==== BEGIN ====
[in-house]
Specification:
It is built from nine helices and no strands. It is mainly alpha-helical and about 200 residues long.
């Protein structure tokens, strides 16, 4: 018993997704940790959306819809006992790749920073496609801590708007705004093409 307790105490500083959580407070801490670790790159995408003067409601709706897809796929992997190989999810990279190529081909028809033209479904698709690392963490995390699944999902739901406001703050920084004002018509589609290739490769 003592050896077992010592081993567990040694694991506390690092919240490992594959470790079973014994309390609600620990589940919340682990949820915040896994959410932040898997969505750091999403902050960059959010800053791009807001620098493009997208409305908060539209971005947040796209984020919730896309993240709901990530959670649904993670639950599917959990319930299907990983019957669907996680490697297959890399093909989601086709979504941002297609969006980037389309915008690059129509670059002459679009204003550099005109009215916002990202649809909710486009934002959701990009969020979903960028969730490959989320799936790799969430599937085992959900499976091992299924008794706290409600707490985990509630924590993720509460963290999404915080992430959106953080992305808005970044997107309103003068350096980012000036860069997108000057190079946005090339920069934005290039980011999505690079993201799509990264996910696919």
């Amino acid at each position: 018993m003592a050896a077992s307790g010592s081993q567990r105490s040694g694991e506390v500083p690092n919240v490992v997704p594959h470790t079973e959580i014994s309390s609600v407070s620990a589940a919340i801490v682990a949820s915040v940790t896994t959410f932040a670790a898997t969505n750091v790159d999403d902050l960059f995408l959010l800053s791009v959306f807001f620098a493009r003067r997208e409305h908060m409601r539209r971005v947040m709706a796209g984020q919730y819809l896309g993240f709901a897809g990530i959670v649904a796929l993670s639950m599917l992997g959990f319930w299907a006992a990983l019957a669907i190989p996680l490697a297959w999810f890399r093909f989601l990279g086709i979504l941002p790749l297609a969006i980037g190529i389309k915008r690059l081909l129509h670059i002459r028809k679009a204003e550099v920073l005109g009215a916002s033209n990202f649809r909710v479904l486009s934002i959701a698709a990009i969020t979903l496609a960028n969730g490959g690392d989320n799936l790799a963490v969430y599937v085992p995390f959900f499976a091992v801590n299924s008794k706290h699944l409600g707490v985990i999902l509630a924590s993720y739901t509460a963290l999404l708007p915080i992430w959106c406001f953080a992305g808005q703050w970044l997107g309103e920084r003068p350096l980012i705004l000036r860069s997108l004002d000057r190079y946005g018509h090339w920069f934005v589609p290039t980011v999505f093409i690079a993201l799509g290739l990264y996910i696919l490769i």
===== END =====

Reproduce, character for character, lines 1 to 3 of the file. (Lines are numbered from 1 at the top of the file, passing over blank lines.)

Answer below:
[in-house]
Specification:
It is built from nine helices and no strands. It is mainly alpha-helical and about 200 residues long.